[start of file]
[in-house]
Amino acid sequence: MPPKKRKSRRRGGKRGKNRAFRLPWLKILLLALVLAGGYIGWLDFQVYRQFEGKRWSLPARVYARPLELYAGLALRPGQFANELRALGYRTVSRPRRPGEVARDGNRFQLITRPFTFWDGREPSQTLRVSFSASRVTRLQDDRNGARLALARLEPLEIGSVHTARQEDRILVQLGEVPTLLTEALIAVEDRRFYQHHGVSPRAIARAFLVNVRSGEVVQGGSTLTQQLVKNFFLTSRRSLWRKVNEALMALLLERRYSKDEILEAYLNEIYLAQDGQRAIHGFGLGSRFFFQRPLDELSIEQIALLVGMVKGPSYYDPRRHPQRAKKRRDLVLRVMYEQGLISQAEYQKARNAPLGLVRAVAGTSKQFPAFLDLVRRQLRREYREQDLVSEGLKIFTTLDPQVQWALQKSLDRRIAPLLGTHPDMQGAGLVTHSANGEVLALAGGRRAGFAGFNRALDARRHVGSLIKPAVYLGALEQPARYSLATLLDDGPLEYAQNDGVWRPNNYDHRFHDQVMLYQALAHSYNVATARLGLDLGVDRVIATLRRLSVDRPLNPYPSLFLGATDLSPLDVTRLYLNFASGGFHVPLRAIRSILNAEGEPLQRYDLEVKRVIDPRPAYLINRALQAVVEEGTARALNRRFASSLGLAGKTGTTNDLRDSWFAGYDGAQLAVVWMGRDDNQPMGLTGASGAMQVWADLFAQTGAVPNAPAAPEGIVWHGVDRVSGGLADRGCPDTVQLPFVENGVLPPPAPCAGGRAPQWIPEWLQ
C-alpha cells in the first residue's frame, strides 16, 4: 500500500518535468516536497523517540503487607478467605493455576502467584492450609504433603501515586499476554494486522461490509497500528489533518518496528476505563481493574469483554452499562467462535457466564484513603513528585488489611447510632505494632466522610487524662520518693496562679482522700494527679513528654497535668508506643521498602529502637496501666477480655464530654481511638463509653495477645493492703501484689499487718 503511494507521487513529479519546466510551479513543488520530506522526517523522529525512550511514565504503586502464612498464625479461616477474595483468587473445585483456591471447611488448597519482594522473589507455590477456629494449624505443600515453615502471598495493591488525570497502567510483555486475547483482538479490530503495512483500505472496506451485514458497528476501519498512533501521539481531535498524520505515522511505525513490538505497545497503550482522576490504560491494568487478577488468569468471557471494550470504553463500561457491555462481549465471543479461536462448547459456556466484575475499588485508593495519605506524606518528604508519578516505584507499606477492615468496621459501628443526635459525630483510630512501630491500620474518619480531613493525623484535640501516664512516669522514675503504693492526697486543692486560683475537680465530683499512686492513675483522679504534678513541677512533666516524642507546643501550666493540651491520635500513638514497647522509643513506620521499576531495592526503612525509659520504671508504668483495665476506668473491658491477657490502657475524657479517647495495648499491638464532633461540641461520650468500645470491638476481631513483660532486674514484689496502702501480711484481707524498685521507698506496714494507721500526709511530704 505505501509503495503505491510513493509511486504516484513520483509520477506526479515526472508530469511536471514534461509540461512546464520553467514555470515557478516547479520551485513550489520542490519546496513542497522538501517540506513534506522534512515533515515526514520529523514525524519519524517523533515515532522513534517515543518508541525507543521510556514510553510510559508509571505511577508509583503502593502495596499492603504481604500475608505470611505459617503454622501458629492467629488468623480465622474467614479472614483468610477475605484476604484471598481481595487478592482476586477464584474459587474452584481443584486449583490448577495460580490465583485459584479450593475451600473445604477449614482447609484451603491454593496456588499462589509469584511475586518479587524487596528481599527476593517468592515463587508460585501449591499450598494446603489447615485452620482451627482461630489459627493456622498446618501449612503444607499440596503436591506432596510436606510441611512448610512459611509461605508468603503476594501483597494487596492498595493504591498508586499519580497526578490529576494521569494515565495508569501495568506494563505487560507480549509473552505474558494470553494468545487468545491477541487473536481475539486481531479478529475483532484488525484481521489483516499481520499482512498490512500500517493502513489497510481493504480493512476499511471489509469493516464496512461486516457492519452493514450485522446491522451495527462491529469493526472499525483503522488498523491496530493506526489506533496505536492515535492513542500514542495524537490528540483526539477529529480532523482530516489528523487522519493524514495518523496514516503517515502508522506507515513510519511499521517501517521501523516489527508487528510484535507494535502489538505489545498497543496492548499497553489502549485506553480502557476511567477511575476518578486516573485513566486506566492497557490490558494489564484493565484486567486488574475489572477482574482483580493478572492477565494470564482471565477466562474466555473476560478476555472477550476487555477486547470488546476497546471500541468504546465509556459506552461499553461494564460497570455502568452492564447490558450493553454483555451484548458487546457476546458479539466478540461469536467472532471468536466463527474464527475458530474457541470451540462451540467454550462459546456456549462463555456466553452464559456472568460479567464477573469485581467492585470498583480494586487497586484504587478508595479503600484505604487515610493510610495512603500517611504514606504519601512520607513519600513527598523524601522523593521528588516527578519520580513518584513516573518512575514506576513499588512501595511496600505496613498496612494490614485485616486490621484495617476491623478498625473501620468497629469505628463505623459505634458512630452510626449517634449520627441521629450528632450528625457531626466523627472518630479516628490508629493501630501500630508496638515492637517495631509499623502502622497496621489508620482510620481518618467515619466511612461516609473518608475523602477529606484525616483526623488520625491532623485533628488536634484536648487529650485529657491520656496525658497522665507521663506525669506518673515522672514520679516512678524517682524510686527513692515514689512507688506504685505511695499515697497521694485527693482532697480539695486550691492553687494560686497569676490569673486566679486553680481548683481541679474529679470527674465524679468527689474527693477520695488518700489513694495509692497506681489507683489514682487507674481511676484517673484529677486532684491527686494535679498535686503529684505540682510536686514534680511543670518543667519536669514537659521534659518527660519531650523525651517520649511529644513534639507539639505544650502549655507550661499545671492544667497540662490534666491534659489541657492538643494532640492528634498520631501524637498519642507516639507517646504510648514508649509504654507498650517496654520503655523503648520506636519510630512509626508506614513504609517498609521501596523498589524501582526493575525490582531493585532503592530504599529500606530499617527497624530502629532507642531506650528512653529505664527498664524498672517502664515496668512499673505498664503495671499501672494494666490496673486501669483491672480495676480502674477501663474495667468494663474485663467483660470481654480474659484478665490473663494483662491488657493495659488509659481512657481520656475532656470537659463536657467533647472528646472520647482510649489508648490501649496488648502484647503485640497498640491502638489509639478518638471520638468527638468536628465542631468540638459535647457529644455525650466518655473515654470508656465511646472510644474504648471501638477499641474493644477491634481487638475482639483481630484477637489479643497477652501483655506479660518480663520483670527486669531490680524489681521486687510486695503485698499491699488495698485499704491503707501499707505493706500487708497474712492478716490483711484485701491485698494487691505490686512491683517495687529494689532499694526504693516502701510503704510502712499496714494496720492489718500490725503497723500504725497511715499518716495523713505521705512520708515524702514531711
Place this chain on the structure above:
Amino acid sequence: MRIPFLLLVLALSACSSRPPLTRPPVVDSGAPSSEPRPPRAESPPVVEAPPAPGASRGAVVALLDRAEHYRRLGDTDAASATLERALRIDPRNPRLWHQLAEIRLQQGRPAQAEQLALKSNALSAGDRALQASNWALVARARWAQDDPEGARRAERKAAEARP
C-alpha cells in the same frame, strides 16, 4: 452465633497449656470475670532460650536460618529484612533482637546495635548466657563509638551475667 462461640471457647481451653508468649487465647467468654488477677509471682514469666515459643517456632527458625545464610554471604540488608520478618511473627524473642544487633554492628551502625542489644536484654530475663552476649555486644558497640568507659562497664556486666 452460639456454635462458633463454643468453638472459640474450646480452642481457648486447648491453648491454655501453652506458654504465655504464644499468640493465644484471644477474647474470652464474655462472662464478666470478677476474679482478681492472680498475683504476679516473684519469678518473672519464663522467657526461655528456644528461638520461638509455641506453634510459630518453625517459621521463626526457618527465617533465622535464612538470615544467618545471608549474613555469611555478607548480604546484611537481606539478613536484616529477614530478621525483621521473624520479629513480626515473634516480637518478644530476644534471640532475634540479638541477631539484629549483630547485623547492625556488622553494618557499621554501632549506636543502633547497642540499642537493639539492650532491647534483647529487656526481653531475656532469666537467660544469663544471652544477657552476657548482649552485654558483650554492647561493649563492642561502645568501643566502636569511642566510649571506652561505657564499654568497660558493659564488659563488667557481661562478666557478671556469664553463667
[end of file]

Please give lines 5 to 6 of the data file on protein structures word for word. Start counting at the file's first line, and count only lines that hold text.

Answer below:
Amino acid sequence: MRIPFLLLVLALSACSSRPPLTRPPVVDSGAPSSEPRPPRAESPPVVEAPPAPGASRGAVVALLDRAEHYRRLGDTDAASATLERALRIDPRNPRLWHQLAEIRLQQGRPAQAEQLALKSNALSAGDRALQASNWALVARARWAQDDPEGARRAERKAAEARP
C-alpha cells in the same frame, strides 16, 4: 452465633497449656470475670532460650536460618529484612533482637546495635548466657563509638551475667 462461640471457647481451653508468649487465647467468654488477677509471682514469666515459643517456632527458625545464610554471604540488608520478618511473627524473642544487633554492628551502625542489644536484654530475663552476649555486644558497640568507659562497664556486666 452460639456454635462458633463454643468453638472459640474450646480452642481457648486447648491453648491454655501453652506458654504465655504464644499468640493465644484471644477474647474470652464474655462472662464478666470478677476474679482478681492472680498475683504476679516473684519469678518473672519464663522467657526461655528456644528461638520461638509455641506453634510459630518453625517459621521463626526457618527465617533465622535464612538470615544467618545471608549474613555469611555478607548480604546484611537481606539478613536484616529477614530478621525483621521473624520479629513480626515473634516480637518478644530476644534471640532475634540479638541477631539484629549483630547485623547492625556488622553494618557499621554501632549506636543502633547497642540499642537493639539492650532491647534483647529487656526481653531475656532469666537467660544469663544471652544477657552476657548482649552485654558483650554492647561493649563492642561502645568501643566502636569511642566510649571506652561505657564499654568497660558493659564488659563488667557481661562478666557478671556469664553463667